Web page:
To look at the title, one may presume that this is little more than yet another rant about the current socialist push by the Statist left, but such is hardly the case. In fact, this is a historical account, easily verified … and strong standing for the veracity of my claims that a Voluntary or Libertarian Society is not only lawful, but fully and wholly constitutional at the level of the township.
Originally, as the nation was founded, the federal government was to be largely restricted to concerning itself with the common good … effectively limited to securing the borders against invasion and ensuring a modicum of equality by and between the independent but united States of America.
The States, being independent and sovereign, would have a little more sway and direct influence on the lives of the people that comprised the body politic. However, the real source of freedom as it were, was established at the local level … primarily the county or even more specifically, at the township level. The Constitution guarantees a republican form of governance only at the State and federal levels … and this was with good reason.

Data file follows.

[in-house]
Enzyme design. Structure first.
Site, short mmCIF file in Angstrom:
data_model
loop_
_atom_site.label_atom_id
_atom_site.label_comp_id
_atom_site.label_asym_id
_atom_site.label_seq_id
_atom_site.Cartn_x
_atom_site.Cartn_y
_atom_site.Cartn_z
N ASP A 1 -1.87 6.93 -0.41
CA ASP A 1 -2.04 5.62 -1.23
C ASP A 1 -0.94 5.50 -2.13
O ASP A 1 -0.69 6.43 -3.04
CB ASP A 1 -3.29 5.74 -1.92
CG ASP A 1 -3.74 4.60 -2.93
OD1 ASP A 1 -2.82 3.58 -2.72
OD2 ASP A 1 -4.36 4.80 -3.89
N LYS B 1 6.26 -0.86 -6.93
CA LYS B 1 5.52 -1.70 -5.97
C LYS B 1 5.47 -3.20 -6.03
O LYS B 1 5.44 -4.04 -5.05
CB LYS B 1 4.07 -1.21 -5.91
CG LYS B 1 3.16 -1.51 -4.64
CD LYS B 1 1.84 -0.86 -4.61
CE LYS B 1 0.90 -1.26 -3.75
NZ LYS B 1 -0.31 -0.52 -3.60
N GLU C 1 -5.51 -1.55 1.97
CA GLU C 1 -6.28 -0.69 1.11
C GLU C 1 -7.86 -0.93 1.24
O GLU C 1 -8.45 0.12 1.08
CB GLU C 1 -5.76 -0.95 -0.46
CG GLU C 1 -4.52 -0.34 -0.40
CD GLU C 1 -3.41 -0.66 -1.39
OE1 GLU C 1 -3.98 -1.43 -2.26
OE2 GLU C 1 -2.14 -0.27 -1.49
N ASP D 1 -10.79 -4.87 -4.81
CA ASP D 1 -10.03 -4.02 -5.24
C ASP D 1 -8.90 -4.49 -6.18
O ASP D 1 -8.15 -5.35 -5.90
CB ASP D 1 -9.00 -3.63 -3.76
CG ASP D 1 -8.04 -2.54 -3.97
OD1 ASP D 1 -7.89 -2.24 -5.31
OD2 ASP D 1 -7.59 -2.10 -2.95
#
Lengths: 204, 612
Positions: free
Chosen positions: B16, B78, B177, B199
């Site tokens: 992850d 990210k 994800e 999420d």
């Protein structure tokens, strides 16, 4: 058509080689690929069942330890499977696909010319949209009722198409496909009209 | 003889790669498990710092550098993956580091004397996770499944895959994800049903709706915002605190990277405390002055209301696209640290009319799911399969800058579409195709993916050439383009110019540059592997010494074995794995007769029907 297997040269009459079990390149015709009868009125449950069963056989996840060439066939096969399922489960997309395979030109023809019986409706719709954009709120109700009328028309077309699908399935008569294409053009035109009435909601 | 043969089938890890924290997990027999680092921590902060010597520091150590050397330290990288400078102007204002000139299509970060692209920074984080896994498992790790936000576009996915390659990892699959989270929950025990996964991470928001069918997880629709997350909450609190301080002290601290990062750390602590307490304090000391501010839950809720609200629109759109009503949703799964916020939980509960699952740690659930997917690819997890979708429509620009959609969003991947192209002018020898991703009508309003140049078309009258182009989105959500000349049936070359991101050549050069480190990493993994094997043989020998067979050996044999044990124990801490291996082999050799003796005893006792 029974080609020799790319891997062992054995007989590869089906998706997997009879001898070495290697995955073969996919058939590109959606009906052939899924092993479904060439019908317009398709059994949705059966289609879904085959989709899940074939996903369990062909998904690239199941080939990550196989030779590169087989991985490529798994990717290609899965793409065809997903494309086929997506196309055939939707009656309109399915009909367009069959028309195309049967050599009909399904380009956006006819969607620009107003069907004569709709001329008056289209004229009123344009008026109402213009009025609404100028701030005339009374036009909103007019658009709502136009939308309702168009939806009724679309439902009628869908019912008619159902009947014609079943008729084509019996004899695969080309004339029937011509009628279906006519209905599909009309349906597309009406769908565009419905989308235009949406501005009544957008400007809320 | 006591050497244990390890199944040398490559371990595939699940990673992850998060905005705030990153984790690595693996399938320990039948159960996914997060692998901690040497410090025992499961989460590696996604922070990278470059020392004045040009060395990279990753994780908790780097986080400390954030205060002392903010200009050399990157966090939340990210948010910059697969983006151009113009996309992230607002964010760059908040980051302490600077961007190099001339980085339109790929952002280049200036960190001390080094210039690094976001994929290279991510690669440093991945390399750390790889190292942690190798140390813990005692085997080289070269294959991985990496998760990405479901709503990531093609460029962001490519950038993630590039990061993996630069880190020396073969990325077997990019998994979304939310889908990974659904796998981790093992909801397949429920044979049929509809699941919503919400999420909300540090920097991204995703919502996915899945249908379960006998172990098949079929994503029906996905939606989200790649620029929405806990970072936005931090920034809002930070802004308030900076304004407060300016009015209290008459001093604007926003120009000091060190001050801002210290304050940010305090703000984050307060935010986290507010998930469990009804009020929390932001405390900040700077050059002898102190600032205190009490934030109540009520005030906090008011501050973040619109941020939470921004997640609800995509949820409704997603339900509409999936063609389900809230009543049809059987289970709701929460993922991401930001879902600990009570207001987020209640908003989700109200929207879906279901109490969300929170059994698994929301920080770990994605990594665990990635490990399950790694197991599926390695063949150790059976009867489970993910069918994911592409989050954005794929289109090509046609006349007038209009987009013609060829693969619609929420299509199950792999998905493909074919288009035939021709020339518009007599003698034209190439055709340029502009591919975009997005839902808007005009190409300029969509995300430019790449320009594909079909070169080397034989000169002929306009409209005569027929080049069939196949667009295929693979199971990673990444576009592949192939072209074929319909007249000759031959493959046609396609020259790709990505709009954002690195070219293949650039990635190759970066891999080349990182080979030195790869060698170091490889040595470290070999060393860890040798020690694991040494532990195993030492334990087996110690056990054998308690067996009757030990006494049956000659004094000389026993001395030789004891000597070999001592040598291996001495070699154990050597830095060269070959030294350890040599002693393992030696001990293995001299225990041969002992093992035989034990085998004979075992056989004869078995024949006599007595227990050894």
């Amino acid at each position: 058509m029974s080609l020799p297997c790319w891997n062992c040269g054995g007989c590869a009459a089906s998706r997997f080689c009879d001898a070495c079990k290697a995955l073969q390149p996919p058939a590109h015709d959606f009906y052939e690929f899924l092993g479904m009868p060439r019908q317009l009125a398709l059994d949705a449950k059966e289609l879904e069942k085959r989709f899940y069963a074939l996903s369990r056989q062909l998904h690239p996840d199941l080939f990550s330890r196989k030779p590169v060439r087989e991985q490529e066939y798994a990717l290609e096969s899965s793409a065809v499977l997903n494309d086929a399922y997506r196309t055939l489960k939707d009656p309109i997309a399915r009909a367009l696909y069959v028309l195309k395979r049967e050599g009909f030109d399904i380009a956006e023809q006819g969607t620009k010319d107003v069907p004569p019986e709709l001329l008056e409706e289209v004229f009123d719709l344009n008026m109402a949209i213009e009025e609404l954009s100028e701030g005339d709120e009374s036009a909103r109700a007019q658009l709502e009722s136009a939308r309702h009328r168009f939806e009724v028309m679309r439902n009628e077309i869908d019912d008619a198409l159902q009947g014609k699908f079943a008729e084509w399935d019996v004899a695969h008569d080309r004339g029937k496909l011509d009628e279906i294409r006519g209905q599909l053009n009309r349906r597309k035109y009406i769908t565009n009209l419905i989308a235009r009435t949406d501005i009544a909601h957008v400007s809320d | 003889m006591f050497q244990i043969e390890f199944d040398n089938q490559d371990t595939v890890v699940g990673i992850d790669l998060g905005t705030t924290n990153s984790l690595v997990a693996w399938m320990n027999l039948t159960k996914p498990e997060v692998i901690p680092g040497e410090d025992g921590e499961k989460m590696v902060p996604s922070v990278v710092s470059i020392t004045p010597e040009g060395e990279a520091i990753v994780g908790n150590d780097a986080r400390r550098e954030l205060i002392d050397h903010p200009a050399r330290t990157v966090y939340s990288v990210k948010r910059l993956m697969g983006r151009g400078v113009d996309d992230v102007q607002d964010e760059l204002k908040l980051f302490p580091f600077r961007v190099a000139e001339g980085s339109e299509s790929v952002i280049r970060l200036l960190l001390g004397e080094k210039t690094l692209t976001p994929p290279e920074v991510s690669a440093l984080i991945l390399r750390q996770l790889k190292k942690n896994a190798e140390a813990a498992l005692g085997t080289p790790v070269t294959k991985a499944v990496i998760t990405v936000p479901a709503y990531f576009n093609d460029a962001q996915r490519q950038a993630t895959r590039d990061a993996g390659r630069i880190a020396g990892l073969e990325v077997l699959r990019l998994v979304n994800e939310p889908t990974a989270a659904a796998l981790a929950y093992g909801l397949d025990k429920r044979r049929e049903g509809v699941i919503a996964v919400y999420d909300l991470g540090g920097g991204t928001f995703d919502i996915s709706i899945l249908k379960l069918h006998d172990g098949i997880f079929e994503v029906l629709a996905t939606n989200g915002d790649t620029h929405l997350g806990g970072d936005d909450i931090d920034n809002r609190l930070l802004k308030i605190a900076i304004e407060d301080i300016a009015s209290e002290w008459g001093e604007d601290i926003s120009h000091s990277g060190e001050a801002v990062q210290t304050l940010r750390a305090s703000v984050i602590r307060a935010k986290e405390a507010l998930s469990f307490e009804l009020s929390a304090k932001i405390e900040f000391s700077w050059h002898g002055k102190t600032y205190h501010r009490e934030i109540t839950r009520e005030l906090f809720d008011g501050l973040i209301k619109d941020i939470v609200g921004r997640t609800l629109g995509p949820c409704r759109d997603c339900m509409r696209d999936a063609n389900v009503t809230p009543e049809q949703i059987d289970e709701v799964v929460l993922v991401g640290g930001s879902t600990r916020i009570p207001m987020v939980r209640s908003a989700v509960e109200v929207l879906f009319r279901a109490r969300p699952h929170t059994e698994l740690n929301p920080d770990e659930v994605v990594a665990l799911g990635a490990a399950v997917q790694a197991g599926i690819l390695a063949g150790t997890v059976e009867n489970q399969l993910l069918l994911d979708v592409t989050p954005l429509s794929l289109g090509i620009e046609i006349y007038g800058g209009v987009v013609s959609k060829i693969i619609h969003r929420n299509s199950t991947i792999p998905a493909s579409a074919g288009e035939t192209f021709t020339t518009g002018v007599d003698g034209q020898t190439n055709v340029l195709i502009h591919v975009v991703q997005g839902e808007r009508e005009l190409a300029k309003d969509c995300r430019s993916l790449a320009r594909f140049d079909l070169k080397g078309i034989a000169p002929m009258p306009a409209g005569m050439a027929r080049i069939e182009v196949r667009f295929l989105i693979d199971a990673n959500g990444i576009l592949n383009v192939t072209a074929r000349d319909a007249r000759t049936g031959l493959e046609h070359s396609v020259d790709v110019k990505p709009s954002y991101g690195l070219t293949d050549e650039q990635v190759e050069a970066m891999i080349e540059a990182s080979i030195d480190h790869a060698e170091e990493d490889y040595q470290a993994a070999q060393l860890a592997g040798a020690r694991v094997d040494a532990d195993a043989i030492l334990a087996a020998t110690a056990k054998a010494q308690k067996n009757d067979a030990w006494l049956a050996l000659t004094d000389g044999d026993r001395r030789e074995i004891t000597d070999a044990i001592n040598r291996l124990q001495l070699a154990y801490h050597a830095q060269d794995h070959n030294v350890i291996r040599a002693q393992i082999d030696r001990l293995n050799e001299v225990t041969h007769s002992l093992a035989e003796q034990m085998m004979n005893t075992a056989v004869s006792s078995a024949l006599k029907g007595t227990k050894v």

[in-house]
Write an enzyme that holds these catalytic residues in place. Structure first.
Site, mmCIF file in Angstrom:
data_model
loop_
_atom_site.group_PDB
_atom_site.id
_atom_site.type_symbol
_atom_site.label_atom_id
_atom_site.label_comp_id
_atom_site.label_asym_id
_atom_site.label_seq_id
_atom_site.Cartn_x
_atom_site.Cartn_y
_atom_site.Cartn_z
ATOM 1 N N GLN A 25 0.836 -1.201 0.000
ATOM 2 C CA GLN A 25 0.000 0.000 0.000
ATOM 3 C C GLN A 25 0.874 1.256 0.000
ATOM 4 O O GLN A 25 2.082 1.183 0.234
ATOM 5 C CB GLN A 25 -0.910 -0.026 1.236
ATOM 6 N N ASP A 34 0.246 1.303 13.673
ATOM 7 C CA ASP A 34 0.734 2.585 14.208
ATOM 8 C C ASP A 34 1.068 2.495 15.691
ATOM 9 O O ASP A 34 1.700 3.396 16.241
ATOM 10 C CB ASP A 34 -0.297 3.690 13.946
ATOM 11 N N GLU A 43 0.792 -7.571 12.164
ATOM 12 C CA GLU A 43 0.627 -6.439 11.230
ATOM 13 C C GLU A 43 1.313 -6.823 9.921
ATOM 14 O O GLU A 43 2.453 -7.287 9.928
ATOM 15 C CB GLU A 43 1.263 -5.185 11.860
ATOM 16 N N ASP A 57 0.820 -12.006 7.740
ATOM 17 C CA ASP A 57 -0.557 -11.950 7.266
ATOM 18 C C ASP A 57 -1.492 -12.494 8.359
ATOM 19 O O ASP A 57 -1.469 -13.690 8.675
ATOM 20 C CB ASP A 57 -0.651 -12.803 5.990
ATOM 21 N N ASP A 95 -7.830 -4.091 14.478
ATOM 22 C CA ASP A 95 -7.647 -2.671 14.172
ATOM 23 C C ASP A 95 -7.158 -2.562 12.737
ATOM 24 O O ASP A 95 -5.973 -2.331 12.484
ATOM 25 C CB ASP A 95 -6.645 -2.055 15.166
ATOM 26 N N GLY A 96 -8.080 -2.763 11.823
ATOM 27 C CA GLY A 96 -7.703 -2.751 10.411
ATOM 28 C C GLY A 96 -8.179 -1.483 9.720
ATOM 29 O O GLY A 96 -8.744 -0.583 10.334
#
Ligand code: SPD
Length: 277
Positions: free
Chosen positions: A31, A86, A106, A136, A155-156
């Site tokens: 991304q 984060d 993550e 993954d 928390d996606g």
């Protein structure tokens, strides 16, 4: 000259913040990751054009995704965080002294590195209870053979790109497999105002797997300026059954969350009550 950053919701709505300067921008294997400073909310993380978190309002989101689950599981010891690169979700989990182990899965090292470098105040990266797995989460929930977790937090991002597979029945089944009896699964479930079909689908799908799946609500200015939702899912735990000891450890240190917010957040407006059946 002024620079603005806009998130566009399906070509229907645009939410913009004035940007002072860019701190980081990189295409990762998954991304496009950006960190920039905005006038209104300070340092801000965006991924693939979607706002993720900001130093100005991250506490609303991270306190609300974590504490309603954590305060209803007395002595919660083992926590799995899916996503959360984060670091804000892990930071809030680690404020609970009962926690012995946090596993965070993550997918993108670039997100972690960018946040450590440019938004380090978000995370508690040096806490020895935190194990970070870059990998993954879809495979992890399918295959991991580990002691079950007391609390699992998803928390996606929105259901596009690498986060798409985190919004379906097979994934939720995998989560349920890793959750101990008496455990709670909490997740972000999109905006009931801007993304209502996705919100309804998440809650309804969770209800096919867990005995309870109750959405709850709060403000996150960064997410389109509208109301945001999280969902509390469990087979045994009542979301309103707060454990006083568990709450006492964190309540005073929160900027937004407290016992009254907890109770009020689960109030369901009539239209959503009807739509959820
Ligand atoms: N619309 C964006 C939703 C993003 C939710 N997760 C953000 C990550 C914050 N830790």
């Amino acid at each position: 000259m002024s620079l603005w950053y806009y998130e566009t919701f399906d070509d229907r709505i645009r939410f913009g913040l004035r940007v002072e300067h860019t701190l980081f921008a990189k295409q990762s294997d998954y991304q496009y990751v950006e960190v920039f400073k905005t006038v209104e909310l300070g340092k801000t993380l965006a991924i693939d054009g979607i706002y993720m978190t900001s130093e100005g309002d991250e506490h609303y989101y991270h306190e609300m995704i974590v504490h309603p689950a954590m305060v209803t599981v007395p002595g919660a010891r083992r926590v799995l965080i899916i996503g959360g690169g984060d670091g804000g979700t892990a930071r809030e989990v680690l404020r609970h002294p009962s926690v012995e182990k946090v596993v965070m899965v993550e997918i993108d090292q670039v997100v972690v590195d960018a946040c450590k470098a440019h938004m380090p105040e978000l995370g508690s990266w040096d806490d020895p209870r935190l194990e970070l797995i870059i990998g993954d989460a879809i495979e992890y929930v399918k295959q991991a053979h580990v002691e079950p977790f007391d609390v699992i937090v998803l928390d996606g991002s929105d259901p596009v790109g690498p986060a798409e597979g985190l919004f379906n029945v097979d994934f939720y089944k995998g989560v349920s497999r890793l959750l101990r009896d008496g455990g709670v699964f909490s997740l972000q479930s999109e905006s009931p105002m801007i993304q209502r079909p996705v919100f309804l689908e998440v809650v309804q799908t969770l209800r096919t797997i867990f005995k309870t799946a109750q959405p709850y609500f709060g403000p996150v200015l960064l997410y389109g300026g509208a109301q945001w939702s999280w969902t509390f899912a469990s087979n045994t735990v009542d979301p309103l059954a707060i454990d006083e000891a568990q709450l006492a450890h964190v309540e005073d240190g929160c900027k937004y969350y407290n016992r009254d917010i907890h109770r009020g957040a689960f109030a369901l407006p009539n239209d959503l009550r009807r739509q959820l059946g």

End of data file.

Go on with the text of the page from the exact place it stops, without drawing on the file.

To risk democracy at the State or national level is to risk the infringement of the natural rights of the individual. The term “Democracy” did not appear in textbooks until the early nineteen hundreds and was never associated with the national government until around 1871 when the Federal Reserve Trust was originally established and the War Between the States and the unlawful dismissal of numerous duly elected representatives … only to see them replaced with nationalist or federalist lackeys who were all equally enamored with the idea of an all-powerful federal government … and a host of other egregious abuses in direct contradistinction to the Constitution.
Yet somehow or another, a great many people contest this fact … sans any evidence of course … and citing only numerous examples wherein “Democracy” was mentioned … but only at the level of the township or occasionally at the county level; never at the level of the State or National governments … likely because such an historical accounting does not exist. People routinely ask how I can justify … constitutionally or otherwise, the introduction of a truly libertarian society at the level of the township … and many claiming it would be a violation of federal law … when in fact, there is both historical precedent and context indicating that such was the inherent right of the individual and part and parcel of the “self-governance” as documented in depth by many of the Founders and Framers of our nation.